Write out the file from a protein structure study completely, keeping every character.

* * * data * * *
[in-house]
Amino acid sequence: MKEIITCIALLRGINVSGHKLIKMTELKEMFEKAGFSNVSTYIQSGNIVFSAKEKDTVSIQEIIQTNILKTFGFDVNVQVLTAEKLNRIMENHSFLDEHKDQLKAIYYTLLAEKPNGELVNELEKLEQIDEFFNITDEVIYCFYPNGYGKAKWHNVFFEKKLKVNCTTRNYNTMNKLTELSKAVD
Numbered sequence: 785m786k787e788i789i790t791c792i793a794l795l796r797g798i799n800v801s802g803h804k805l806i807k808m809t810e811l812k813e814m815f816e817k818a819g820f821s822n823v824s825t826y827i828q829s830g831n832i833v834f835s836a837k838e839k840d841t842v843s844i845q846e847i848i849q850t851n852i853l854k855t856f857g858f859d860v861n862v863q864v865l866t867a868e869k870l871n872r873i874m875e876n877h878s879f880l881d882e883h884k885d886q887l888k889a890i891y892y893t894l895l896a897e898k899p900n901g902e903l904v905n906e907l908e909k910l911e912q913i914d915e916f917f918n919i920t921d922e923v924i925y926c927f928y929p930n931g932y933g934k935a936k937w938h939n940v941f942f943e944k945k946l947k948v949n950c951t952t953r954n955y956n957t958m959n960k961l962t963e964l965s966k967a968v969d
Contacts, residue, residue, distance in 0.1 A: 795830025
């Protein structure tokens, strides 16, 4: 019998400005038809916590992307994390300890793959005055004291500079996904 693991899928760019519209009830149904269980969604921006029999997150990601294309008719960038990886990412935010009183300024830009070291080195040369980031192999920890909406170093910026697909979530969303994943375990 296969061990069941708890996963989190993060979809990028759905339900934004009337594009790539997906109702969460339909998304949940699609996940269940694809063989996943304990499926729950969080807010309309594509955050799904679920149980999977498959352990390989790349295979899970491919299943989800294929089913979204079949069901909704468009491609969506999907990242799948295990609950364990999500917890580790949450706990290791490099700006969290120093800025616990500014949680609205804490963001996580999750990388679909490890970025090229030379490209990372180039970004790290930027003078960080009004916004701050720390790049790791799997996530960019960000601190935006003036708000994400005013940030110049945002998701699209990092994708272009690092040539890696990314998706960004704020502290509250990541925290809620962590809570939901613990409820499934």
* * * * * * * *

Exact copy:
[in-house]
Amino acid sequence: MKEIITCIALLRGINVSGHKLIKMTELKEMFEKAGFSNVSTYIQSGNIVFSAKEKDTVSIQEIIQTNILKTFGFDVNVQVLTAEKLNRIMENHSFLDEHKDQLKAIYYTLLAEKPNGELVNELEKLEQIDEFFNITDEVIYCFYPNGYGKAKWHNVFFEKKLKVNCTTRNYNTMNKLTELSKAVD
Numbered sequence: 785m786k787e788i789i790t791c792i793a794l795l796r797g798i799n800v801s802g803h804k805l806i807k808m809t810e811l812k813e814m815f816e817k818a819g820f821s822n823v824s825t826y827i828q829s830g831n832i833v834f835s836a837k838e839k840d841t842v843s844i845q846e847i848i849q850t851n852i853l854k855t856f857g858f859d860v861n862v863q864v865l866t867a868e869k870l871n872r873i874m875e876n877h878s879f880l881d882e883h884k885d886q887l888k889a890i891y892y893t894l895l896a897e898k899p900n901g902e903l904v905n906e907l908e909k910l911e912q913i914d915e916f917f918n919i920t921d922e923v924i925y926c927f928y929p930n931g932y933g934k935a936k937w938h939n940v941f942f943e944k945k946l947k948v949n950c951t952t953r954n955y956n957t958m959n960k961l962t963e964l965s966k967a968v969d
Contacts, residue, residue, distance in 0.1 A: 795830025
């Protein structure tokens, strides 16, 4: 019998400005038809916590992307994390300890793959005055004291500079996904 693991899928760019519209009830149904269980969604921006029999997150990601294309008719960038990886990412935010009183300024830009070291080195040369980031192999920890909406170093910026697909979530969303994943375990 296969061990069941708890996963989190993060979809990028759905339900934004009337594009790539997906109702969460339909998304949940699609996940269940694809063989996943304990499926729950969080807010309309594509955050799904679920149980999977498959352990390989790349295979899970491919299943989800294929089913979204079949069901909704468009491609969506999907990242799948295990609950364990999500917890580790949450706990290791490099700006969290120093800025616990500014949680609205804490963001996580999750990388679909490890970025090229030379490209990372180039970004790290930027003078960080009004916004701050720390790049790791799997996530960019960000601190935006003036708000994400005013940030110049945002998701699209990092994708272009690092040539890696990314998706960004704020502290509250990541925290809620962590809570939901613990409820499934």